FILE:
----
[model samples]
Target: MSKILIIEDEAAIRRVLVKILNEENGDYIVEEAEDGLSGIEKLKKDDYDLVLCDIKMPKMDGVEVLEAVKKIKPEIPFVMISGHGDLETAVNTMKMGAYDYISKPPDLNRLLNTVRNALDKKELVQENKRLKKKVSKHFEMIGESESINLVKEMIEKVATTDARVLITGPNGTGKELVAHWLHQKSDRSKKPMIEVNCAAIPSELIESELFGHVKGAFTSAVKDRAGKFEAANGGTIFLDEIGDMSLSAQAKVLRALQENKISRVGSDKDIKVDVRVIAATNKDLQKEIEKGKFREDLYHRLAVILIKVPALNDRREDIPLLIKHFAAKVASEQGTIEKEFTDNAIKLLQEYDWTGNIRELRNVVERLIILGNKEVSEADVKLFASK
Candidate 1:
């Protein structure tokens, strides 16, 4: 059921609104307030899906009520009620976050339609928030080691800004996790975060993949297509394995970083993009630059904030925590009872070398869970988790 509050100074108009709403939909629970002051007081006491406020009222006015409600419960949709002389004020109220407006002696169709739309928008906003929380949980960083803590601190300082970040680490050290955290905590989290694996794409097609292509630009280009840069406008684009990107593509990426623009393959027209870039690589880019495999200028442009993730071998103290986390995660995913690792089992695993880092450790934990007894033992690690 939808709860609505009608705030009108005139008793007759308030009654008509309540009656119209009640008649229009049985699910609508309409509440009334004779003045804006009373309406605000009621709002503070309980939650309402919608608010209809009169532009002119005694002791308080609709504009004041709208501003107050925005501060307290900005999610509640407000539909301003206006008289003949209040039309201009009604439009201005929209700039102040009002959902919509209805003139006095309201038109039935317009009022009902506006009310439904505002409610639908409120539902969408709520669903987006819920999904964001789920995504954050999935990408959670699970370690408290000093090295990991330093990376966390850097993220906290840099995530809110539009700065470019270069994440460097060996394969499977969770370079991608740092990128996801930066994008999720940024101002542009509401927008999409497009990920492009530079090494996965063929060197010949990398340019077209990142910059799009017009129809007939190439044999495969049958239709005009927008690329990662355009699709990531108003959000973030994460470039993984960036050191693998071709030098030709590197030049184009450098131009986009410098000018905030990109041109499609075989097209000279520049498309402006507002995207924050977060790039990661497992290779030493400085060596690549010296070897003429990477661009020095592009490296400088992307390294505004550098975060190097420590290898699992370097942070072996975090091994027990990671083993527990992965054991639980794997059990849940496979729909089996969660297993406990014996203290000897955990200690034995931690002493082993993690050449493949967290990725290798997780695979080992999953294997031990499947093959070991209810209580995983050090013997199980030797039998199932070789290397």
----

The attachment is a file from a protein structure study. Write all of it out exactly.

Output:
[model samples]
Target: MSKILIIEDEAAIRRVLVKILNEENGDYIVEEAEDGLSGIEKLKKDDYDLVLCDIKMPKMDGVEVLEAVKKIKPEIPFVMISGHGDLETAVNTMKMGAYDYISKPPDLNRLLNTVRNALDKKELVQENKRLKKKVSKHFEMIGESESINLVKEMIEKVATTDARVLITGPNGTGKELVAHWLHQKSDRSKKPMIEVNCAAIPSELIESELFGHVKGAFTSAVKDRAGKFEAANGGTIFLDEIGDMSLSAQAKVLRALQENKISRVGSDKDIKVDVRVIAATNKDLQKEIEKGKFREDLYHRLAVILIKVPALNDRREDIPLLIKHFAAKVASEQGTIEKEFTDNAIKLLQEYDWTGNIRELRNVVERLIILGNKEVSEADVKLFASK
Candidate 1:
């Protein structure tokens, strides 16, 4: 059921609104307030899906009520009620976050339609928030080691800004996790975060993949297509394995970083993009630059904030925590009872070398869970988790 509050100074108009709403939909629970002051007081006491406020009222006015409600419960949709002389004020109220407006002696169709739309928008906003929380949980960083803590601190300082970040680490050290955290905590989290694996794409097609292509630009280009840069406008684009990107593509990426623009393959027209870039690589880019495999200028442009993730071998103290986390995660995913690792089992695993880092450790934990007894033992690690 939808709860609505009608705030009108005139008793007759308030009654008509309540009656119209009640008649229009049985699910609508309409509440009334004779003045804006009373309406605000009621709002503070309980939650309402919608608010209809009169532009002119005694002791308080609709504009004041709208501003107050925005501060307290900005999610509640407000539909301003206006008289003949209040039309201009009604439009201005929209700039102040009002959902919509209805003139006095309201038109039935317009009022009902506006009310439904505002409610639908409120539902969408709520669903987006819920999904964001789920995504954050999935990408959670699970370690408290000093090295990991330093990376966390850097993220906290840099995530809110539009700065470019270069994440460097060996394969499977969770370079991608740092990128996801930066994008999720940024101002542009509401927008999409497009990920492009530079090494996965063929060197010949990398340019077209990142910059799009017009129809007939190439044999495969049958239709005009927008690329990662355009699709990531108003959000973030994460470039993984960036050191693998071709030098030709590197030049184009450098131009986009410098000018905030990109041109499609075989097209000279520049498309402006507002995207924050977060790039990661497992290779030493400085060596690549010296070897003429990477661009020095592009490296400088992307390294505004550098975060190097420590290898699992370097942070072996975090091994027990990671083993527990992965054991639980794997059990849940496979729909089996969660297993406990014996203290000897955990200690034995931690002493082993993690050449493949967290990725290798997780695979080992999953294997031990499947093959070991209810209580995983050090013997199980030797039998199932070789290397």